Exhilarated by this acknowledgement from a Real News Site, I set out on a more in-depth search. I discovered an Esquire article titled “How an Unofficial Baby Yoda Twitter Account Managed to Find the Light Side of Twitter,” which calls my behavior “villainous” and my video “deeply strange.” Honestly, things were only getting better for me. Esquire also provided the pièce de résistance of my new collection: a Buzzfeed- style list boasting to contain “The Most Tantalizing, Ridiculous, and Unfortunate Celebrity Feuds of 2019.” Tantalizing! Celebrity! My Twitter account, @postsbyfiona, is last on the list, only after Taylor Swift, Kim Kardashian and the entire Boomer generation are named.
When I said I’d already received enough attention, what I really meant was that I wasn’t going to explicitly ask for more. But these B-list news sites were offering me attention on a silver platter. I couldn’t deny them. So, I told everyone I knew that I was famous. When they didn’t believe me, I showed them the list—then they couldn’t argue. I did eventually run out of people to tell, though, and those who had already heard grew tired of the story. So, my fame sputtered out, gone as quickly as it came.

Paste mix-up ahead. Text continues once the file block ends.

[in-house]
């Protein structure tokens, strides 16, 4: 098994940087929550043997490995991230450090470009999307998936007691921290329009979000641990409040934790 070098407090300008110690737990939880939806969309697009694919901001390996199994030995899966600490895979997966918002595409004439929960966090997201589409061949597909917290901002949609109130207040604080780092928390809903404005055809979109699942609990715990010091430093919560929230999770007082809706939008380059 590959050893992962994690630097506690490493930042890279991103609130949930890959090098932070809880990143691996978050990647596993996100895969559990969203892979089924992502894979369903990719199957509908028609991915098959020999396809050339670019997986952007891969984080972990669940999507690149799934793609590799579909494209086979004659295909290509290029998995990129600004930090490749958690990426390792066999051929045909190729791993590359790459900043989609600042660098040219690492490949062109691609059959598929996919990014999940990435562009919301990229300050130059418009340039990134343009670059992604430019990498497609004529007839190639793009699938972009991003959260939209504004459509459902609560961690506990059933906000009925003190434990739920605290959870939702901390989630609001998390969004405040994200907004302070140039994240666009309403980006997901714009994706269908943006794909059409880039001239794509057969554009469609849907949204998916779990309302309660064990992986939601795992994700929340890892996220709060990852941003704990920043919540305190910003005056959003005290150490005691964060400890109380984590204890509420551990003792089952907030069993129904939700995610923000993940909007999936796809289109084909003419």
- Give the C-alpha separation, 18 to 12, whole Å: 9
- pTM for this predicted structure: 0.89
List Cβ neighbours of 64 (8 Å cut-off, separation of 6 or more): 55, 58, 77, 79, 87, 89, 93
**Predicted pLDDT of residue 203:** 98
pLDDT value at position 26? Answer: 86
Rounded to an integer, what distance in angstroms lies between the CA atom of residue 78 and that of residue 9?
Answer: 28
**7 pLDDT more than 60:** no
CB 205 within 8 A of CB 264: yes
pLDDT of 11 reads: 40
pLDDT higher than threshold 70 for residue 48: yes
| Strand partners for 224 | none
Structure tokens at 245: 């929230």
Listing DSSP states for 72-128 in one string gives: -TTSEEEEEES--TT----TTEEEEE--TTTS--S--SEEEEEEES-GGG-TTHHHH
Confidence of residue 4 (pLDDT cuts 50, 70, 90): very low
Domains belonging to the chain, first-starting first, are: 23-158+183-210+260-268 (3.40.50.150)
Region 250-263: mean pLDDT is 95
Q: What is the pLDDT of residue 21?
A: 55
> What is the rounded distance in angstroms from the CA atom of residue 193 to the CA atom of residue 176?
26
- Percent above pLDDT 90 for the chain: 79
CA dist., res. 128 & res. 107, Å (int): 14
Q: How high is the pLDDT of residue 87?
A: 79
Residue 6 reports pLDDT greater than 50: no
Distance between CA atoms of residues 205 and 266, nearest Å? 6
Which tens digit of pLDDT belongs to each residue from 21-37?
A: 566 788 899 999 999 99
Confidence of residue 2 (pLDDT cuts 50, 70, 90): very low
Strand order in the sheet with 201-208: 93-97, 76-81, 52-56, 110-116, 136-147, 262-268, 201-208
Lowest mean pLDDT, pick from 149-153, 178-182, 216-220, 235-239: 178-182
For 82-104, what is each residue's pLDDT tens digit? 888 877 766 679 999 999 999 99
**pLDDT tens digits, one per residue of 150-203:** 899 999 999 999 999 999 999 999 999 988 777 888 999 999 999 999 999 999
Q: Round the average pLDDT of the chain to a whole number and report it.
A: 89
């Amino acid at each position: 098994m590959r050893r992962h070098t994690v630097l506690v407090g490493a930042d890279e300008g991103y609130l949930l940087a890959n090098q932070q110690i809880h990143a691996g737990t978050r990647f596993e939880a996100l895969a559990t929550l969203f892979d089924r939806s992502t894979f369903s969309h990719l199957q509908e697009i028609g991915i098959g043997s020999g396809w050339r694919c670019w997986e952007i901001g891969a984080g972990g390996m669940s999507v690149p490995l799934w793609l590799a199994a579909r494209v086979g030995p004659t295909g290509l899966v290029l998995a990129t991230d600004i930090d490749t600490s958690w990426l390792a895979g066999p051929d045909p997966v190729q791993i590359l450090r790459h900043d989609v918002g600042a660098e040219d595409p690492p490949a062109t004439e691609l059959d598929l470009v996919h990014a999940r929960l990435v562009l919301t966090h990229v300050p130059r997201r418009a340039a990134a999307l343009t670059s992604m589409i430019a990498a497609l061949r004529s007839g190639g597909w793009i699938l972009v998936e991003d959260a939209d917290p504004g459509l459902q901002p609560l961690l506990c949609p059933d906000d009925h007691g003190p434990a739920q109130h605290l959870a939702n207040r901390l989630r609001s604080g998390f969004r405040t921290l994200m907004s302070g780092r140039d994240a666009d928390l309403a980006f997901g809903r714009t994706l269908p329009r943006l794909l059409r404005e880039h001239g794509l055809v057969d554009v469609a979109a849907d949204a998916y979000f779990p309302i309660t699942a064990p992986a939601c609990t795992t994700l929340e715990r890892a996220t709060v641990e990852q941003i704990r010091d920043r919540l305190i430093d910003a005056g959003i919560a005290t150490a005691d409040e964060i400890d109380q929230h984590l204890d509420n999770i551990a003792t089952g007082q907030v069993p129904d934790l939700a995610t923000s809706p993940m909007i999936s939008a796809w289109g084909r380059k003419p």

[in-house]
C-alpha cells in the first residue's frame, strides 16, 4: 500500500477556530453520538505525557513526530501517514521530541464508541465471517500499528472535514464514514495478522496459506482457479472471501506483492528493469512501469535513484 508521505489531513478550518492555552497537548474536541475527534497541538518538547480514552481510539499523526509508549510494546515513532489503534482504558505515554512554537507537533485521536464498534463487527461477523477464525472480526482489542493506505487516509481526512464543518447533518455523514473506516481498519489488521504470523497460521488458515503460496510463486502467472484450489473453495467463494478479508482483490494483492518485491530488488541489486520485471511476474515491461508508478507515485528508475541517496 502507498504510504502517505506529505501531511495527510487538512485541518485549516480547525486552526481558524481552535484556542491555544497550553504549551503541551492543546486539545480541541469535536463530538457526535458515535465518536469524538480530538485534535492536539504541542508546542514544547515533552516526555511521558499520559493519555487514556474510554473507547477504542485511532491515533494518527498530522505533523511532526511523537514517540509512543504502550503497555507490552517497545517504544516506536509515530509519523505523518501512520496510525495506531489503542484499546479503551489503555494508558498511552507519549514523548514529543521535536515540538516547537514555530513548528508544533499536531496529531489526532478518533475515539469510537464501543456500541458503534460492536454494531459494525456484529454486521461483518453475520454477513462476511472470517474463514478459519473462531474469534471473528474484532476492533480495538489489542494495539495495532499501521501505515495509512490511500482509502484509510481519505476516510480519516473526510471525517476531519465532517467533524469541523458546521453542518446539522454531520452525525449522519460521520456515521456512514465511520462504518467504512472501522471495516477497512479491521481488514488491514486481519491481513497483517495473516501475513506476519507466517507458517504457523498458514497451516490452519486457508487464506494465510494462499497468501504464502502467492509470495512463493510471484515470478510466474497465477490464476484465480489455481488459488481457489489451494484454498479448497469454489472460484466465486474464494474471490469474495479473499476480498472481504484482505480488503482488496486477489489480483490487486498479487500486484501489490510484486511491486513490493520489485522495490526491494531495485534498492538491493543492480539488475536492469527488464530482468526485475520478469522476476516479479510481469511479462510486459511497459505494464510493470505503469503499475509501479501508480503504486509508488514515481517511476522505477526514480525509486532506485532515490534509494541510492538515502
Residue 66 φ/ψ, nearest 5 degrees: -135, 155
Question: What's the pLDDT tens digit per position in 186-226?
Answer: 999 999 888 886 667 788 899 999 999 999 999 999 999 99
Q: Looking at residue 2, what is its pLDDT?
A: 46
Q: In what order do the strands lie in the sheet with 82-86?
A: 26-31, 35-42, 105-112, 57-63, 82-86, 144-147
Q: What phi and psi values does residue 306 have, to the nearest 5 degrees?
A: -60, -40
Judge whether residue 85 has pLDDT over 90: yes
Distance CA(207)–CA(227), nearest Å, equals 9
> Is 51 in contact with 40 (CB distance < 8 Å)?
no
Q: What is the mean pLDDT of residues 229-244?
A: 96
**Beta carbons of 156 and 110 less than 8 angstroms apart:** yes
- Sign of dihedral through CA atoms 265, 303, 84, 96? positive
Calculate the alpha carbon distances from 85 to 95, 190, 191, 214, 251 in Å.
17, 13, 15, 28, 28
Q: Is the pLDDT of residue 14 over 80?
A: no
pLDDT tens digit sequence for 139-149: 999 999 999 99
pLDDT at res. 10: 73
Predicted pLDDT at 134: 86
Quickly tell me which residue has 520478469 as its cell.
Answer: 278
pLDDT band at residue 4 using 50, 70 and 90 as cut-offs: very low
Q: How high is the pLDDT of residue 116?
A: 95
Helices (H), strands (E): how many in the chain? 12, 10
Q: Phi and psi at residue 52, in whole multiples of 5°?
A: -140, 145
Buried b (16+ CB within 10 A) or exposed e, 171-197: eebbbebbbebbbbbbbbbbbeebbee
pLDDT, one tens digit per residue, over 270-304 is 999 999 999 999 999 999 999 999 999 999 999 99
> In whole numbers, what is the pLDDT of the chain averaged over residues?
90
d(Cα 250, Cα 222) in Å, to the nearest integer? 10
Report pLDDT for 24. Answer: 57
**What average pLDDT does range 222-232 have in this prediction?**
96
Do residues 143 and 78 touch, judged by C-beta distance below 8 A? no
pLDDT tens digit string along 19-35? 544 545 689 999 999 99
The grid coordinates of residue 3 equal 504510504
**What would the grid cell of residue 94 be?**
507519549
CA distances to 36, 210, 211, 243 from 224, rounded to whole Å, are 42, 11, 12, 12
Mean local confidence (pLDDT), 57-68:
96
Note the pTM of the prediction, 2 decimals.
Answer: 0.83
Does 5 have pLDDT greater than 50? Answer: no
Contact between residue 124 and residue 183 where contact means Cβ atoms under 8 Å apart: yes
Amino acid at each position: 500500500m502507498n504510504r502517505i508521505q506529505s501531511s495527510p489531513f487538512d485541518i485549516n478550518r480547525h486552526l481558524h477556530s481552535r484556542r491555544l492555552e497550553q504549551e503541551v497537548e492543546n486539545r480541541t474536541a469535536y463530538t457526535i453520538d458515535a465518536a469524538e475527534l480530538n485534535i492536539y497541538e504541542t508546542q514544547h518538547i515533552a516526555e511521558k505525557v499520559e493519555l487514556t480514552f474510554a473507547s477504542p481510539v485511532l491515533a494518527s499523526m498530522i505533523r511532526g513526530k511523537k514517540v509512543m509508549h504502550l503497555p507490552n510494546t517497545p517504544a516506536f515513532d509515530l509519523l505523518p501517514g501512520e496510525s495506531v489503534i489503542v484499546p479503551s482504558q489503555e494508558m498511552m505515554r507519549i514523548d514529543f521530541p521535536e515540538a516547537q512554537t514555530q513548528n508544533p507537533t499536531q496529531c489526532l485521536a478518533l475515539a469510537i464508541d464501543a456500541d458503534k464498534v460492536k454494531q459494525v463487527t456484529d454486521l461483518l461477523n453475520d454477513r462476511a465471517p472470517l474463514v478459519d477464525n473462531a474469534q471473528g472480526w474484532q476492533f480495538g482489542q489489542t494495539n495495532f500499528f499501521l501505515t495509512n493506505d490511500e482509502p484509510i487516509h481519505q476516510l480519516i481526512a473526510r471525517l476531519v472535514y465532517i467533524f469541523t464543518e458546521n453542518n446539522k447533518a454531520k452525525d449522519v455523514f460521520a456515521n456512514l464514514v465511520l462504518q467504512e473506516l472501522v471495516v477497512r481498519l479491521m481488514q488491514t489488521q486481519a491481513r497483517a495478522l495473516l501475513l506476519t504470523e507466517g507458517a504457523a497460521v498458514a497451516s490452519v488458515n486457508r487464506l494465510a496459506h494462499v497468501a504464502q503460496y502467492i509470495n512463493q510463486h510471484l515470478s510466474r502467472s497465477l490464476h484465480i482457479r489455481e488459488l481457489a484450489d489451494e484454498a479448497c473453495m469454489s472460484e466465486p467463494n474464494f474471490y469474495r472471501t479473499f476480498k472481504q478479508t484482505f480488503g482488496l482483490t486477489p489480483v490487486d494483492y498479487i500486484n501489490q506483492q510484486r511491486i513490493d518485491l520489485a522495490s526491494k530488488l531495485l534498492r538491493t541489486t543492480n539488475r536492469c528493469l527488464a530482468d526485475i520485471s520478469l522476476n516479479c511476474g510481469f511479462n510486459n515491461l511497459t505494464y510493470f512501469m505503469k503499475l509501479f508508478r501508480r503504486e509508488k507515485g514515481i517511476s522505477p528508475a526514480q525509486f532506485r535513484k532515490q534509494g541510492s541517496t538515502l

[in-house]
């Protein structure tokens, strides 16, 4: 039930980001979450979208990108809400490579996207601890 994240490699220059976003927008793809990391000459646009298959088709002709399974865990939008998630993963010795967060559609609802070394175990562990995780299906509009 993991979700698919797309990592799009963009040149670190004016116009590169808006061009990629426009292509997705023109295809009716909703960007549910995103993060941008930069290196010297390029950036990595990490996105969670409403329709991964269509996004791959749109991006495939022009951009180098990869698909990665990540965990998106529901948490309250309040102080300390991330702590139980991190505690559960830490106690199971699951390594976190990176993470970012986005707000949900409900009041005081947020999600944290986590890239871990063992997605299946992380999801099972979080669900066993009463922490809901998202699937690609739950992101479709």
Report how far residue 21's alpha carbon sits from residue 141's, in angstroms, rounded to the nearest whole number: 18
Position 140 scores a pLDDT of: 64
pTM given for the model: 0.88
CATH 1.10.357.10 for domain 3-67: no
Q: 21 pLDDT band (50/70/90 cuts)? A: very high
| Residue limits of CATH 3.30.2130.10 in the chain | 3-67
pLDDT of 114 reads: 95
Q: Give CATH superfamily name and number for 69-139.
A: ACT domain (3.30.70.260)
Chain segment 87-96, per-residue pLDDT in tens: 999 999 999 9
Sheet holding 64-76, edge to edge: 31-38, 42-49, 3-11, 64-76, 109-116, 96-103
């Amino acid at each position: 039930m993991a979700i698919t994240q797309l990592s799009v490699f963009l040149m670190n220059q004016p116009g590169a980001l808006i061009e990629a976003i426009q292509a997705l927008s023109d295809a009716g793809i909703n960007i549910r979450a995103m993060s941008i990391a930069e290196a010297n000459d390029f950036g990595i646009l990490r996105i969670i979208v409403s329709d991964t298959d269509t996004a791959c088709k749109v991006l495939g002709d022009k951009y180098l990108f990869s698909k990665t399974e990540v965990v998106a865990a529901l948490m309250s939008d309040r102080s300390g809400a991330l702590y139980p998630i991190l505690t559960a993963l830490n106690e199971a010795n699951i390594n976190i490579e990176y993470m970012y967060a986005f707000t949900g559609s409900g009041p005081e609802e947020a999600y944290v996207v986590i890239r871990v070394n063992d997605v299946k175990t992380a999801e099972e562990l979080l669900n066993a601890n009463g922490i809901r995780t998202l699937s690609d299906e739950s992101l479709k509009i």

Maybe story should have a moral, like, “People on the internet are crazy,” or, “Cancel culture has gone too far,” or even, “Our standards for what qualifies as news are way too low.” Those are probably all true, but they’d be disingenuous coming from me, since I enjoyed my brief and second-rate fame so much. Maybe the moral is that it’s just not that deep; if your only joy comes from a little green baby invented by Disney to make money, it might be time to reevaluate.
Just one final thought: Esquire’s Adrienne Westenfield gave me a piece of advice, and I’d like to return the favor. She wrote, “Of all the sparring partners in the world, don’t pick a universally beloved green baby. Baby Yoda is gone from Twitter, yet all the Nazis remain.” Well, Adrienne, if you get the Nazis to tweet about Lin-Manuel Miranda, I’ll see what I can do.